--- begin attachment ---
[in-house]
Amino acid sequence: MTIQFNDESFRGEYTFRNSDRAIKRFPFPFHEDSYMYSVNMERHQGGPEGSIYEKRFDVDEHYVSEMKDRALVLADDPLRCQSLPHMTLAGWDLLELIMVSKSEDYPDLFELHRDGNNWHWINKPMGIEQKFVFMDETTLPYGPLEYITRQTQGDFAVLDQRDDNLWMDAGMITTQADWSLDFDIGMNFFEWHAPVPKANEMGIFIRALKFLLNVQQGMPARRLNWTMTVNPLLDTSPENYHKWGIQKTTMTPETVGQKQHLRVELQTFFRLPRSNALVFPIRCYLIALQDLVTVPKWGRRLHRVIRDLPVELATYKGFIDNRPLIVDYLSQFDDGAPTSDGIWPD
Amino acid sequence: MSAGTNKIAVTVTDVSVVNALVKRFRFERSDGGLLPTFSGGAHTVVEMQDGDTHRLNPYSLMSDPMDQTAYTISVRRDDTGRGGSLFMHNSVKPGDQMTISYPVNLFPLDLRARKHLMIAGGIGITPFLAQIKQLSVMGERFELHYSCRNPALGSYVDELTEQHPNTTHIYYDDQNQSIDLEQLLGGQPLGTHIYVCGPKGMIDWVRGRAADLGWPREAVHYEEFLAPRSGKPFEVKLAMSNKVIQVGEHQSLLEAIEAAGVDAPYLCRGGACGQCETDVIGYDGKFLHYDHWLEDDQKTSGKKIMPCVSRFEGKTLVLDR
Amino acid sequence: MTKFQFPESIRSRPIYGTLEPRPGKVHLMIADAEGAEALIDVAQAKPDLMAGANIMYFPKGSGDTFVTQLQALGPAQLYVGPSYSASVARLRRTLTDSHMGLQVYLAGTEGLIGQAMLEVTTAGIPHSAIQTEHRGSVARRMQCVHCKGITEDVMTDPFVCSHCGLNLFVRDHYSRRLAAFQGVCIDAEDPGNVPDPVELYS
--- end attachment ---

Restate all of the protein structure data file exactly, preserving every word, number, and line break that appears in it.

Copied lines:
[in-house]
Amino acid sequence: MTIQFNDESFRGEYTFRNSDRAIKRFPFPFHEDSYMYSVNMERHQGGPEGSIYEKRFDVDEHYVSEMKDRALVLADDPLRCQSLPHMTLAGWDLLELIMVSKSEDYPDLFELHRDGNNWHWINKPMGIEQKFVFMDETTLPYGPLEYITRQTQGDFAVLDQRDDNLWMDAGMITTQADWSLDFDIGMNFFEWHAPVPKANEMGIFIRALKFLLNVQQGMPARRLNWTMTVNPLLDTSPENYHKWGIQKTTMTPETVGQKQHLRVELQTFFRLPRSNALVFPIRCYLIALQDLVTVPKWGRRLHRVIRDLPVELATYKGFIDNRPLIVDYLSQFDDGAPTSDGIWPD
Amino acid sequence: MSAGTNKIAVTVTDVSVVNALVKRFRFERSDGGLLPTFSGGAHTVVEMQDGDTHRLNPYSLMSDPMDQTAYTISVRRDDTGRGGSLFMHNSVKPGDQMTISYPVNLFPLDLRARKHLMIAGGIGITPFLAQIKQLSVMGERFELHYSCRNPALGSYVDELTEQHPNTTHIYYDDQNQSIDLEQLLGGQPLGTHIYVCGPKGMIDWVRGRAADLGWPREAVHYEEFLAPRSGKPFEVKLAMSNKVIQVGEHQSLLEAIEAAGVDAPYLCRGGACGQCETDVIGYDGKFLHYDHWLEDDQKTSGKKIMPCVSRFEGKTLVLDR
Amino acid sequence: MTKFQFPESIRSRPIYGTLEPRPGKVHLMIADAEGAEALIDVAQAKPDLMAGANIMYFPKGSGDTFVTQLQALGPAQLYVGPSYSASVARLRRTLTDSHMGLQVYLAGTEGLIGQAMLEVTTAGIPHSAIQTEHRGSVARRMQCVHCKGITEDVMTDPFVCSHCGLNLFVRDHYSRRLAAFQGVCIDAEDPGNVPDPVELYS